Brazil’s giant coronavirus burial grounds exposed in shocking pics as leader still shrugs off bug as ‘just a little flu’ – The Sun

BRAZIL'S president brushes coronavirus off as "just a little flu" after chilling pictures of the country's mass burial grounds are revealed.

President Jair Bolsonaro, who claims he would "feel nothing" if he caught the virus, was also spotted coughing at an anti lockdown rally.

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The sobering photos of fresh graves dug at the Parque Taruma cemetery in Manaus, Amazonas state has emerged as the country battles against the spread of Covid-19.

It has been reported that the routine of 30 burials per day has increased to 120 in Amazonas.

The city government claims that the 'trench opening' methodology is international.

Access to the cemetery is restricted and only five family members are allowed to bury their loved ones at one time – whilst maintaining a safe distance from one another.

Mayor Arthur Virgilo said: "Today, of the 106 burials, 36,5 per cent of the people died at home."


In Brazil, the death toll has hit 2,769 with 43,592 confirmed cases.

Speaking on TV Brazil, he said: "In my particular case, with my athletic history, if I were infected with the virus, I would have no reason to worry.

"I would feel nothing, or it would be at most just a little flu or a little cold," he added.

"Yes, we should return to normality. Some states and local authorities need to abandon the scorched-earth policy, blocking transport, closing businesses and mass confinement.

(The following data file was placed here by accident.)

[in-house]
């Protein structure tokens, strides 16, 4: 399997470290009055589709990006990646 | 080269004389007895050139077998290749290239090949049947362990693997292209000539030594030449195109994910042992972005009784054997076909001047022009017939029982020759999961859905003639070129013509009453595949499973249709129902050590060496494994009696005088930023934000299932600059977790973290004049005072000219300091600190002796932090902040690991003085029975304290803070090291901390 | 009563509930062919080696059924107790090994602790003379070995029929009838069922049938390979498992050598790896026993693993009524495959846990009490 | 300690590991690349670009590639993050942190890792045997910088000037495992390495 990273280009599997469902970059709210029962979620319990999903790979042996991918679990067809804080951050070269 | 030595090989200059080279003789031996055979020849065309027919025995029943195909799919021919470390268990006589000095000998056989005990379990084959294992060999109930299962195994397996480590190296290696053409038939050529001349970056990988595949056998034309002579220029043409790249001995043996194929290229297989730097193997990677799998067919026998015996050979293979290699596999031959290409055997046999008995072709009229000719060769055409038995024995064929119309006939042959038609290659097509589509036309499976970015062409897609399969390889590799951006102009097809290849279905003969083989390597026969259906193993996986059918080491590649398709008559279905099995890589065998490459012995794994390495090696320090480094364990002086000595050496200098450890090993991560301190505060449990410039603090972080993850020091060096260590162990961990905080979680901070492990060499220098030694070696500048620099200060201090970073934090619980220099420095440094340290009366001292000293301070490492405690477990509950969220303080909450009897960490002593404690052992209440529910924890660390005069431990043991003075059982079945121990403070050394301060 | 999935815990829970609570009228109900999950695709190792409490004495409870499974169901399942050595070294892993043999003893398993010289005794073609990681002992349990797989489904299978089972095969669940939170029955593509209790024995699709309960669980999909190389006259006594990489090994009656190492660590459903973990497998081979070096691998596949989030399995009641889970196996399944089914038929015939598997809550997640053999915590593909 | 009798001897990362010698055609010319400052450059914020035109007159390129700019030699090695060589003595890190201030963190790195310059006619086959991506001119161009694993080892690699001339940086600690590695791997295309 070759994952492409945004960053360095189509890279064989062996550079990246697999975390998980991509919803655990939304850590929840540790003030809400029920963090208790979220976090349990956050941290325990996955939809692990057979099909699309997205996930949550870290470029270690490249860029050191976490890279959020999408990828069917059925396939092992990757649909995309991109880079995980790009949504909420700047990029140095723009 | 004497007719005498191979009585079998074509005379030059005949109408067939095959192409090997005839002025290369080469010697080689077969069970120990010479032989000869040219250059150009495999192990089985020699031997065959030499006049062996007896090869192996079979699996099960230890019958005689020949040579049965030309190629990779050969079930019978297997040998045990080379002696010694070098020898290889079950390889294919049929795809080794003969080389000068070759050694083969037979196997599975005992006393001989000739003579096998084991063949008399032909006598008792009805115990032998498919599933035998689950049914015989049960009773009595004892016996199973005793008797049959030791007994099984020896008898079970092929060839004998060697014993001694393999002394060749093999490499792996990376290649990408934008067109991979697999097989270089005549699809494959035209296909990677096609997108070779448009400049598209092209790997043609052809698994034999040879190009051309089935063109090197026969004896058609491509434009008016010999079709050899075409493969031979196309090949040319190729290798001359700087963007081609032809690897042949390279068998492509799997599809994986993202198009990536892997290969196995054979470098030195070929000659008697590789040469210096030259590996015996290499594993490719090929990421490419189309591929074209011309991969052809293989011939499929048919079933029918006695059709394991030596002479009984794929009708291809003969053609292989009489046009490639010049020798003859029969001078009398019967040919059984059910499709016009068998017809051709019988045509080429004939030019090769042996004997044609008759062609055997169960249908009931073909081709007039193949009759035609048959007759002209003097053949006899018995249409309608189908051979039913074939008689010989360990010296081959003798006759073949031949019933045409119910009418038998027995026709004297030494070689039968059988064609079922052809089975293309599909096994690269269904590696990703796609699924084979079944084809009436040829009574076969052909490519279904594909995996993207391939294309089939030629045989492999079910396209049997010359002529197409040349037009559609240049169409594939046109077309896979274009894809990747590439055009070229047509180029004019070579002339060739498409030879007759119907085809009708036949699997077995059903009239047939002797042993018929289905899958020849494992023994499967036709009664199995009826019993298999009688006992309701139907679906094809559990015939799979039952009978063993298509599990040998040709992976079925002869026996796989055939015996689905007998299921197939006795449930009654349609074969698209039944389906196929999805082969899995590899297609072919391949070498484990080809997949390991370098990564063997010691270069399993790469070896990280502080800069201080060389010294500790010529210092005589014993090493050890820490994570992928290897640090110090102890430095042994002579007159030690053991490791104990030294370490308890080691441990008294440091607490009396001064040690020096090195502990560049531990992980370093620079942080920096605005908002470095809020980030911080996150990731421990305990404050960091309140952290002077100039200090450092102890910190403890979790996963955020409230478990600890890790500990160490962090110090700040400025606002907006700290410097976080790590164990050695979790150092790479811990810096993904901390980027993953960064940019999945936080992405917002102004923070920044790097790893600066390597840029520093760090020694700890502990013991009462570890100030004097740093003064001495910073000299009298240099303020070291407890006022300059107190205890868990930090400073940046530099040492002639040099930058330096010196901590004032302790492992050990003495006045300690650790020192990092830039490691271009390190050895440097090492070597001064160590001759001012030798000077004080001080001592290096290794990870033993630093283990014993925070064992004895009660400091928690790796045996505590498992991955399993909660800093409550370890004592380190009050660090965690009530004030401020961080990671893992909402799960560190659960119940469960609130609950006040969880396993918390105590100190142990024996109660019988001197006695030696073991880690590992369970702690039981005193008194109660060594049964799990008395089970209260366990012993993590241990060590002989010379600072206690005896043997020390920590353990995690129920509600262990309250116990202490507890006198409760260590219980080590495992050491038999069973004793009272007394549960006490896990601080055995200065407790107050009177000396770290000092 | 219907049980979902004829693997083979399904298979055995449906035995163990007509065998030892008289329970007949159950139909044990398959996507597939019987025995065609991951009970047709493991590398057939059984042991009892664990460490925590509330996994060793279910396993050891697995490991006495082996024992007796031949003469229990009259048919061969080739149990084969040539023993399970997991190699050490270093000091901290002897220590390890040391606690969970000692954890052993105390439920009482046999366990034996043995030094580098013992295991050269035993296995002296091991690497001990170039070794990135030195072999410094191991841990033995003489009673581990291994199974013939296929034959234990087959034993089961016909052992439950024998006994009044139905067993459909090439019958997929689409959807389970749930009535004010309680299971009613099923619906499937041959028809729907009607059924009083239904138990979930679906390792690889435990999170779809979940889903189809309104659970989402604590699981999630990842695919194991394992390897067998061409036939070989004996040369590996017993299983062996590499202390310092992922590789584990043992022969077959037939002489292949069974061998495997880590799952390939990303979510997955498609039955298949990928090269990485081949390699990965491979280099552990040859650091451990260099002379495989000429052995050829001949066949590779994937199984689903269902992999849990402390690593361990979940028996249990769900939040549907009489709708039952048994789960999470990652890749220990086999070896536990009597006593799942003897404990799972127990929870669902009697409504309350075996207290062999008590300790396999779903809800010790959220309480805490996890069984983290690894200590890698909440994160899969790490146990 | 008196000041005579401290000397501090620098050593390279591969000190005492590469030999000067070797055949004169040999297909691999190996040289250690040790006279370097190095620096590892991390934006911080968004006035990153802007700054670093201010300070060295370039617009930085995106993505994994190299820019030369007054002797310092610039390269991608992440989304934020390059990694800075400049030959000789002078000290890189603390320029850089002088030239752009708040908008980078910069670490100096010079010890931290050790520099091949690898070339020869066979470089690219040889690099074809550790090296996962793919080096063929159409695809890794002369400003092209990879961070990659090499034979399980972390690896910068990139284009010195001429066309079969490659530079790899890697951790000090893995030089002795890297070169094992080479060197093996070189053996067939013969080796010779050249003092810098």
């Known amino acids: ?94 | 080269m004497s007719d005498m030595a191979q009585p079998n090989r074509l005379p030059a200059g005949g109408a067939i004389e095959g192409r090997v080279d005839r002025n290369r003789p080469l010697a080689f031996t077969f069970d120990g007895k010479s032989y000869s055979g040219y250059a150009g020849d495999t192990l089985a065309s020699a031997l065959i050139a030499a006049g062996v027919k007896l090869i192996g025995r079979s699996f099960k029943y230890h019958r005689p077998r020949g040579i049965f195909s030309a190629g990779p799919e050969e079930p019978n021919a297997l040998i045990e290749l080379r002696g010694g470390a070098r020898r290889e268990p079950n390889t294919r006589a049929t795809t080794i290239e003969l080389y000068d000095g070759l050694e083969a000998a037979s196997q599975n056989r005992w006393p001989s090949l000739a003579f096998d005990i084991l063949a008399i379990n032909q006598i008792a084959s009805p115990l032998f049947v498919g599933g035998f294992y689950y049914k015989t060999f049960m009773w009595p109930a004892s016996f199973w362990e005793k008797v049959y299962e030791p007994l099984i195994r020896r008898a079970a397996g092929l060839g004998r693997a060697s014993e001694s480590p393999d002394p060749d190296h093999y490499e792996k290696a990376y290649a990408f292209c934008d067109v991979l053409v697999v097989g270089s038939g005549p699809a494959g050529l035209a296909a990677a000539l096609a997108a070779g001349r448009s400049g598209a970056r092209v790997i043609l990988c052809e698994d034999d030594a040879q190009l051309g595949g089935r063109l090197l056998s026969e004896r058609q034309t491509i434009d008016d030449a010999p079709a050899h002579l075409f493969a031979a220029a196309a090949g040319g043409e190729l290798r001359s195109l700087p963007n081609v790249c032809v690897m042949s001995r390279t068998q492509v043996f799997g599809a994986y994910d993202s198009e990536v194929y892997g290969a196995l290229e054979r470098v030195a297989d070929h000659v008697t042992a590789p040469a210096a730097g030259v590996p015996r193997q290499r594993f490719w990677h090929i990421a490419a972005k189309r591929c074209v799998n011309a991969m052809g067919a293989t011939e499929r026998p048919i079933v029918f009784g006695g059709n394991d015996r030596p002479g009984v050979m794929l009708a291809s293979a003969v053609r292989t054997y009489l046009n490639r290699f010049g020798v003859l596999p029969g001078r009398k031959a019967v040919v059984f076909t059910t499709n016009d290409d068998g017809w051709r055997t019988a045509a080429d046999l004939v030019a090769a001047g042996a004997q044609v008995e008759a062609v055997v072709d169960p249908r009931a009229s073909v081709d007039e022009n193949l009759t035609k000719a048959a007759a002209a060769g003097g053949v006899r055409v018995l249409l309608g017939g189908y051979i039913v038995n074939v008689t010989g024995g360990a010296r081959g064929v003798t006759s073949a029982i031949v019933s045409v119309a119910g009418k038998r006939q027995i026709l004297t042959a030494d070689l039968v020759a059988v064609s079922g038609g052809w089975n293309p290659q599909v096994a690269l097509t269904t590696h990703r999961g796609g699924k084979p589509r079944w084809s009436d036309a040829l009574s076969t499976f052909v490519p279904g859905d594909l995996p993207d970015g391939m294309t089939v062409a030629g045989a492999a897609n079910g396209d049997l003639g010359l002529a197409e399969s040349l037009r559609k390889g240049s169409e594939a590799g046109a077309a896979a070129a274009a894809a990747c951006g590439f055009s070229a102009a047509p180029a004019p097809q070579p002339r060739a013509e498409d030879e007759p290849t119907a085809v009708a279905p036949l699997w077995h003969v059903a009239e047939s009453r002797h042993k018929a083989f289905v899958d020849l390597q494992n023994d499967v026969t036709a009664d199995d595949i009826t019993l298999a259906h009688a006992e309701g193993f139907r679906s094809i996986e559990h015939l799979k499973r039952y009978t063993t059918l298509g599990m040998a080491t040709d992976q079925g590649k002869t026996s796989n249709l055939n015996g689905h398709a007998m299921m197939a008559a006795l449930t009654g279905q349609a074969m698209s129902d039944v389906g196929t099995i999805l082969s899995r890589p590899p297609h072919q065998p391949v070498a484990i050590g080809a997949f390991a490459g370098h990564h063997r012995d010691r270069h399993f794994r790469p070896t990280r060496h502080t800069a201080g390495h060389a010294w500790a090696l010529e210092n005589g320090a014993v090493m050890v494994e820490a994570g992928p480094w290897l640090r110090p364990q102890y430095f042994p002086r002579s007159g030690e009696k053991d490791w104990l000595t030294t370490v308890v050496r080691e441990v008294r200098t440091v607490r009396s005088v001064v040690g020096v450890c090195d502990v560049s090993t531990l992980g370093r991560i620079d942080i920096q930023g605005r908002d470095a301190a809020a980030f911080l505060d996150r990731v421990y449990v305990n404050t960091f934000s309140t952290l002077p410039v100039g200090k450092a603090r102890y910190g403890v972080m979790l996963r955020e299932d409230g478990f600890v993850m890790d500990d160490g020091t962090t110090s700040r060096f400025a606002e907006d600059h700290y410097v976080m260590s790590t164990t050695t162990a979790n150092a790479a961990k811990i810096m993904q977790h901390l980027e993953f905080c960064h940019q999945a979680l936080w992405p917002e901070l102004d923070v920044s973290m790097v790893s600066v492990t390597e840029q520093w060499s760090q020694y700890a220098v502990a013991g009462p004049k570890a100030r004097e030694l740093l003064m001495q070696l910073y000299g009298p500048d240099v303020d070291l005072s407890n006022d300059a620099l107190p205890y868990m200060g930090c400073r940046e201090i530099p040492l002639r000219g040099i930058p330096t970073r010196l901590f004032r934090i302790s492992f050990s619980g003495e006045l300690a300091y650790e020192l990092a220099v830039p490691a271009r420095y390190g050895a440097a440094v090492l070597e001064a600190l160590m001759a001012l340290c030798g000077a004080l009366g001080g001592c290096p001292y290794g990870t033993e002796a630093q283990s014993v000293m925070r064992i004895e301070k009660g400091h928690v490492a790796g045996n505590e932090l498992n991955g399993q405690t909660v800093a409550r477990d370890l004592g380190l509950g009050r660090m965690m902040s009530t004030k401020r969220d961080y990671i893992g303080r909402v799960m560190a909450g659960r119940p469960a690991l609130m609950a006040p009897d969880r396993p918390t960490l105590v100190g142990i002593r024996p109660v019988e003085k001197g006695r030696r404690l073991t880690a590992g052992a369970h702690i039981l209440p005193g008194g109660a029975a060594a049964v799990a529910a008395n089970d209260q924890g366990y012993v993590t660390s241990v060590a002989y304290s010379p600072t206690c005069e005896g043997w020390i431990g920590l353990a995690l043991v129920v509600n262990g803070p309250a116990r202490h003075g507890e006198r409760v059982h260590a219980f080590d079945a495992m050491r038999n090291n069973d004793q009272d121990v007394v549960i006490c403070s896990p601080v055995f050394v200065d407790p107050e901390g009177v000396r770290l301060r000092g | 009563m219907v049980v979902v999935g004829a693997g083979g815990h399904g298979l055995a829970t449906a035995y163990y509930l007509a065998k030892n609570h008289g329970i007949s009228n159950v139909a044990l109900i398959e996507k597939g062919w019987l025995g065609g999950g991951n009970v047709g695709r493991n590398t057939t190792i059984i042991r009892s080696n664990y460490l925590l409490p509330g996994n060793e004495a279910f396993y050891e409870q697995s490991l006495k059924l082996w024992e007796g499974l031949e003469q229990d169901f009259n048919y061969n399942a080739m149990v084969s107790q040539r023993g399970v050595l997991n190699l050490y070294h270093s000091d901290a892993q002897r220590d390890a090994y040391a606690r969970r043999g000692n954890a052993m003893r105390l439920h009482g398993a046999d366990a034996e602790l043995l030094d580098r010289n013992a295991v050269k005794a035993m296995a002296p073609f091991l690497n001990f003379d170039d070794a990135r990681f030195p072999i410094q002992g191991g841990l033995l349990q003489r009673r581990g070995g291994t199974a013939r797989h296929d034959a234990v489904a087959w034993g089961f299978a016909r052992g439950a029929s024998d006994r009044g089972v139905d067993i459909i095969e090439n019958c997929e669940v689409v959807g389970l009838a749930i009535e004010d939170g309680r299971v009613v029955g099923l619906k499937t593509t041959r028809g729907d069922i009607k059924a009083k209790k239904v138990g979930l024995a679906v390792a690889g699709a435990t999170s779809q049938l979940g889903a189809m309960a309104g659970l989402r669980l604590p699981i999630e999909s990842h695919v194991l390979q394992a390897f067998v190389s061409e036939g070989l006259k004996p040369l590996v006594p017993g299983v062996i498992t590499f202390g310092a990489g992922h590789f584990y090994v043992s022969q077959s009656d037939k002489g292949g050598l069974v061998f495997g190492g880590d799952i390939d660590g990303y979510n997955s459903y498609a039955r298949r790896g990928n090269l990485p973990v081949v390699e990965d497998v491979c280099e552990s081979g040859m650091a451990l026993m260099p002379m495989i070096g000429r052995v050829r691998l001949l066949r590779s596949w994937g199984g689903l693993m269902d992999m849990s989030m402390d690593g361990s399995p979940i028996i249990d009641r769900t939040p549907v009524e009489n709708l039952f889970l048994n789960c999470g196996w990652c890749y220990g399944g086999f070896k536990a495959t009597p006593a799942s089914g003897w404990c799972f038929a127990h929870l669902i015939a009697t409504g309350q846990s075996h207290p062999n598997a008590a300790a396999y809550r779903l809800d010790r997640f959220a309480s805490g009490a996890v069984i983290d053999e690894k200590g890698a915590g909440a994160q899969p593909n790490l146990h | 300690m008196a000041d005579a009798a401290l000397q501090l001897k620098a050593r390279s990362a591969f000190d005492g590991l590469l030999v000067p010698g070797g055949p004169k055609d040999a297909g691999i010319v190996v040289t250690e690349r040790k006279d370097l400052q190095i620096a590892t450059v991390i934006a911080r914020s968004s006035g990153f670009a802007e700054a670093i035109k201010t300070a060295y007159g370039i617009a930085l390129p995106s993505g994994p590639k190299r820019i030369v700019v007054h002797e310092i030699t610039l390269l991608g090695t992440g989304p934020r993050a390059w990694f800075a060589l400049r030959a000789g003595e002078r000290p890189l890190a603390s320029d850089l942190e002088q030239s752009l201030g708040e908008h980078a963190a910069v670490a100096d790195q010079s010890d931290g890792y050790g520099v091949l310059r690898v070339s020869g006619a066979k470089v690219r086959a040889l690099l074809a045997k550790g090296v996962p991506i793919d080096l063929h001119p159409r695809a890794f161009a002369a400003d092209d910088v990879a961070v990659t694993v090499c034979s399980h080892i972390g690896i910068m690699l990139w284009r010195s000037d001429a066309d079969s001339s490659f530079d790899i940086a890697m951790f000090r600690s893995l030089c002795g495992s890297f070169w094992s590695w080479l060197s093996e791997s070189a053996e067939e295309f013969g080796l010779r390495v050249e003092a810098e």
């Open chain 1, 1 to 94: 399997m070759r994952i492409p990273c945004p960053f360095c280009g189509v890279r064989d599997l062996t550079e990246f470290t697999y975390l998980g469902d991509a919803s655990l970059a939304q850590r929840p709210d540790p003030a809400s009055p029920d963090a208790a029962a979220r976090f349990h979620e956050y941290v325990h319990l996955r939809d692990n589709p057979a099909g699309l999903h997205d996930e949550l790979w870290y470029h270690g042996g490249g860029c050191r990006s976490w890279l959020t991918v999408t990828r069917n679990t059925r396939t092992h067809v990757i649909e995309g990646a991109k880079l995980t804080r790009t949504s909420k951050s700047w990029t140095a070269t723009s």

"The side effect of fighting the coronavirus, cannot, in my view, be more harmful than the medicine itself."

Polls show a majority of Brazilians disagree with the president and support stay-at-home measures.

It would be at most just a little flu or a little cold.

On Sunday, he joined a group of 600 protesters who gathered in front of Army headquarters in Brasilia to protest against stay-at-home measures enacted by individual state governors and called for a return to military rule.

As he addressed the crowd, he was seen coughing without covering his mouth.

Thirteen million people in Brazil live in favelas, or shantytowns, where social distancing is nearly impossible and basic sanitation is hard to come by.

The president has come under harsh criticism for his attitude towards fighting the virus.

Former Health Minister Luiz Henrique Mandetta was one to challenge Bolsonaro on his dealings with the pandemic, but after the pair disagreed on the importance of social distancing, Bolsonaro fired him.

Speaking out since his sacking, Mr Mandetta said: "Science, discipline, planning and focus.

"Don't lose sight of this. These noises that you hear – one said this, the other said that, forget them, they are just white noise."

Paloma Freitas, a former Bolsonaro supporter told BBC News: "As a leader, as my president, he makes me more scared than calm."

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